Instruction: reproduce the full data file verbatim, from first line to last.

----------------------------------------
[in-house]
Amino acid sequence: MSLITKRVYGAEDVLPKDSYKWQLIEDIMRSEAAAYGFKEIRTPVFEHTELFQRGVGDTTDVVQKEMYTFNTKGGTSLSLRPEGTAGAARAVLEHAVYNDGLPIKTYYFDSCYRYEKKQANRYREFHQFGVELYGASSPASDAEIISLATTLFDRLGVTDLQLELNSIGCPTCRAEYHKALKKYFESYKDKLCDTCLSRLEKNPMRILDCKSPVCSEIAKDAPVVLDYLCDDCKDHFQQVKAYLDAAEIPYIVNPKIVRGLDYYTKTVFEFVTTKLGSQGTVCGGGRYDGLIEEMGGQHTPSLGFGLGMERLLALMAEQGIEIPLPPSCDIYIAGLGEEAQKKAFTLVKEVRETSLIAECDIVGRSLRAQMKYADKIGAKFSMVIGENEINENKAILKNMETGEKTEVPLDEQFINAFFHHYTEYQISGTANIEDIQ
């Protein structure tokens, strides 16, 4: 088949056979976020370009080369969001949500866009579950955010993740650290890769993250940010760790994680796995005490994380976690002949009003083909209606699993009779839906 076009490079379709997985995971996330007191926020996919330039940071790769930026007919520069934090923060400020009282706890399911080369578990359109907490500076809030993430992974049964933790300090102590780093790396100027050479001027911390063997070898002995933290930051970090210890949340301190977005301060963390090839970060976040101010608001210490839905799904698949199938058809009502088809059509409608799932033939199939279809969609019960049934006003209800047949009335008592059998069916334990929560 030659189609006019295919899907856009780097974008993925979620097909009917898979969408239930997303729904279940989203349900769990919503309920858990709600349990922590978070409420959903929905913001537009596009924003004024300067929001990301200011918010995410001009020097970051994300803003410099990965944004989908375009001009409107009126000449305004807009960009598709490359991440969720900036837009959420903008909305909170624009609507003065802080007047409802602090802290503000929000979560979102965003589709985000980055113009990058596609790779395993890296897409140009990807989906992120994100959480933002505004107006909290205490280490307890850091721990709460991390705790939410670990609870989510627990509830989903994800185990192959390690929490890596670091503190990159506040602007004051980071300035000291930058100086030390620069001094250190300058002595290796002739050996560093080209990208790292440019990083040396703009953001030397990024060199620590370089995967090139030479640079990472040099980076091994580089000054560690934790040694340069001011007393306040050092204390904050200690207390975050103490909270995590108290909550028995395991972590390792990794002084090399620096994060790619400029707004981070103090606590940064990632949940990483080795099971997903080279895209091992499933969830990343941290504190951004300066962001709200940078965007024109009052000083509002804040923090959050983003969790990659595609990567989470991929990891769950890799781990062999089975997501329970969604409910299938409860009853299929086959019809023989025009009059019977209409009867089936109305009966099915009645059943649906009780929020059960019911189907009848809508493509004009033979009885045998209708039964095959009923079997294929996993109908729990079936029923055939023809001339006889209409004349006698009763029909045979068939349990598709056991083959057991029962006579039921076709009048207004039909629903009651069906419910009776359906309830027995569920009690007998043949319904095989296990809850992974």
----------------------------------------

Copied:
[in-house]
Amino acid sequence: MSLITKRVYGAEDVLPKDSYKWQLIEDIMRSEAAAYGFKEIRTPVFEHTELFQRGVGDTTDVVQKEMYTFNTKGGTSLSLRPEGTAGAARAVLEHAVYNDGLPIKTYYFDSCYRYEKKQANRYREFHQFGVELYGASSPASDAEIISLATTLFDRLGVTDLQLELNSIGCPTCRAEYHKALKKYFESYKDKLCDTCLSRLEKNPMRILDCKSPVCSEIAKDAPVVLDYLCDDCKDHFQQVKAYLDAAEIPYIVNPKIVRGLDYYTKTVFEFVTTKLGSQGTVCGGGRYDGLIEEMGGQHTPSLGFGLGMERLLALMAEQGIEIPLPPSCDIYIAGLGEEAQKKAFTLVKEVRETSLIAECDIVGRSLRAQMKYADKIGAKFSMVIGENEINENKAILKNMETGEKTEVPLDEQFINAFFHHYTEYQISGTANIEDIQ
């Protein structure tokens, strides 16, 4: 088949056979976020370009080369969001949500866009579950955010993740650290890769993250940010760790994680796995005490994380976690002949009003083909209606699993009779839906 076009490079379709997985995971996330007191926020996919330039940071790769930026007919520069934090923060400020009282706890399911080369578990359109907490500076809030993430992974049964933790300090102590780093790396100027050479001027911390063997070898002995933290930051970090210890949340301190977005301060963390090839970060976040101010608001210490839905799904698949199938058809009502088809059509409608799932033939199939279809969609019960049934006003209800047949009335008592059998069916334990929560 030659189609006019295919899907856009780097974008993925979620097909009917898979969408239930997303729904279940989203349900769990919503309920858990709600349990922590978070409420959903929905913001537009596009924003004024300067929001990301200011918010995410001009020097970051994300803003410099990965944004989908375009001009409107009126000449305004807009960009598709490359991440969720900036837009959420903008909305909170624009609507003065802080007047409802602090802290503000929000979560979102965003589709985000980055113009990058596609790779395993890296897409140009990807989906992120994100959480933002505004107006909290205490280490307890850091721990709460991390705790939410670990609870989510627990509830989903994800185990192959390690929490890596670091503190990159506040602007004051980071300035000291930058100086030390620069001094250190300058002595290796002739050996560093080209990208790292440019990083040396703009953001030397990024060199620590370089995967090139030479640079990472040099980076091994580089000054560690934790040694340069001011007393306040050092204390904050200690207390975050103490909270995590108290909550028995395991972590390792990794002084090399620096994060790619400029707004981070103090606590940064990632949940990483080795099971997903080279895209091992499933969830990343941290504190951004300066962001709200940078965007024109009052000083509002804040923090959050983003969790990659595609990567989470991929990891769950890799781990062999089975997501329970969604409910299938409860009853299929086959019809023989025009009059019977209409009867089936109305009966099915009645059943649906009780929020059960019911189907009848809508493509004009033979009885045998209708039964095959009923079997294929996993109908729990079936029923055939023809001339006889209409004349006698009763029909045979068939349990598709056991083959057991029962006579039921076709009048207004039909629903009651069906419910009776359906309830027995569920009690007998043949319904095989296990809850992974």